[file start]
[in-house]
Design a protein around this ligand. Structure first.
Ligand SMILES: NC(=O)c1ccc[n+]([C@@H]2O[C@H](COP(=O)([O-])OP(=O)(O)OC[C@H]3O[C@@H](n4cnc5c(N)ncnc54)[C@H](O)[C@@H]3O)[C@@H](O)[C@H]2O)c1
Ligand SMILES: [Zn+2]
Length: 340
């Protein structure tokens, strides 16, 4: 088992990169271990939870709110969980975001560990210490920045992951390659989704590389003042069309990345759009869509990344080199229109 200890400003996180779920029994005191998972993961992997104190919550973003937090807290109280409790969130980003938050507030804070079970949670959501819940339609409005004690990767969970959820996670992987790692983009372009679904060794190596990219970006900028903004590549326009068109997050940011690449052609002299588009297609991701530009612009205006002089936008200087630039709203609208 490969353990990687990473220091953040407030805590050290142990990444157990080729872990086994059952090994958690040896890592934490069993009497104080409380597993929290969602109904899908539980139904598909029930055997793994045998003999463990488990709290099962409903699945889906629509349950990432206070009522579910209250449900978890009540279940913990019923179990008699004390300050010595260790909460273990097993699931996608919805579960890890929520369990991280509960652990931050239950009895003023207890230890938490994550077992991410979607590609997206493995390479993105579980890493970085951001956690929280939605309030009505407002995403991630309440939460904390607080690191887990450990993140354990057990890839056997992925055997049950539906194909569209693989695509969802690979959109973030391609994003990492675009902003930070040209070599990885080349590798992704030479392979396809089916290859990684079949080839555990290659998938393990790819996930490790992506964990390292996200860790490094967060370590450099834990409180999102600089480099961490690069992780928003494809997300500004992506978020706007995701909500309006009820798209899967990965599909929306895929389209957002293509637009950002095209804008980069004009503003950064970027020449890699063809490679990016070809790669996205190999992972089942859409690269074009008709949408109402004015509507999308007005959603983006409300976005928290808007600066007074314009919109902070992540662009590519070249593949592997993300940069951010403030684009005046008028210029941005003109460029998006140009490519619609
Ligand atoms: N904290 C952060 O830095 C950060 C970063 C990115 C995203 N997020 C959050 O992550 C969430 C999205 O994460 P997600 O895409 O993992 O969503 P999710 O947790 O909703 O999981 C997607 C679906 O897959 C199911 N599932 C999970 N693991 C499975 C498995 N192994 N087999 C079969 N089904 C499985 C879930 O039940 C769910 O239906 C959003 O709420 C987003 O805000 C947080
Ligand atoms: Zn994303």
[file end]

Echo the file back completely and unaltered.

[in-house]
Design a protein around this ligand. Structure first.
Ligand SMILES: NC(=O)c1ccc[n+]([C@@H]2O[C@H](COP(=O)([O-])OP(=O)(O)OC[C@H]3O[C@@H](n4cnc5c(N)ncnc54)[C@H](O)[C@@H]3O)[C@@H](O)[C@H]2O)c1
Ligand SMILES: [Zn+2]
Length: 340
């Protein structure tokens, strides 16, 4: 088992990169271990939870709110969980975001560990210490920045992951390659989704590389003042069309990345759009869509990344080199229109 200890400003996180779920029994005191998972993961992997104190919550973003937090807290109280409790969130980003938050507030804070079970949670959501819940339609409005004690990767969970959820996670992987790692983009372009679904060794190596990219970006900028903004590549326009068109997050940011690449052609002299588009297609991701530009612009205006002089936008200087630039709203609208 490969353990990687990473220091953040407030805590050290142990990444157990080729872990086994059952090994958690040896890592934490069993009497104080409380597993929290969602109904899908539980139904598909029930055997793994045998003999463990488990709290099962409903699945889906629509349950990432206070009522579910209250449900978890009540279940913990019923179990008699004390300050010595260790909460273990097993699931996608919805579960890890929520369990991280509960652990931050239950009895003023207890230890938490994550077992991410979607590609997206493995390479993105579980890493970085951001956690929280939605309030009505407002995403991630309440939460904390607080690191887990450990993140354990057990890839056997992925055997049950539906194909569209693989695509969802690979959109973030391609994003990492675009902003930070040209070599990885080349590798992704030479392979396809089916290859990684079949080839555990290659998938393990790819996930490790992506964990390292996200860790490094967060370590450099834990409180999102600089480099961490690069992780928003494809997300500004992506978020706007995701909500309006009820798209899967990965599909929306895929389209957002293509637009950002095209804008980069004009503003950064970027020449890699063809490679990016070809790669996205190999992972089942859409690269074009008709949408109402004015509507999308007005959603983006409300976005928290808007600066007074314009919109902070992540662009590519070249593949592997993300940069951010403030684009005046008028210029941005003109460029998006140009490519619609
Ligand atoms: N904290 C952060 O830095 C950060 C970063 C990115 C995203 N997020 C959050 O992550 C969430 C999205 O994460 P997600 O895409 O993992 O969503 P999710 O947790 O909703 O999981 C997607 C679906 O897959 C199911 N599932 C999970 N693991 C499975 C498995 N192994 N087999 C079969 N089904 C499985 C879930 O039940 C769910 O239906 C959003 O709420 C987003 O805000 C947080
Ligand atoms: Zn994303």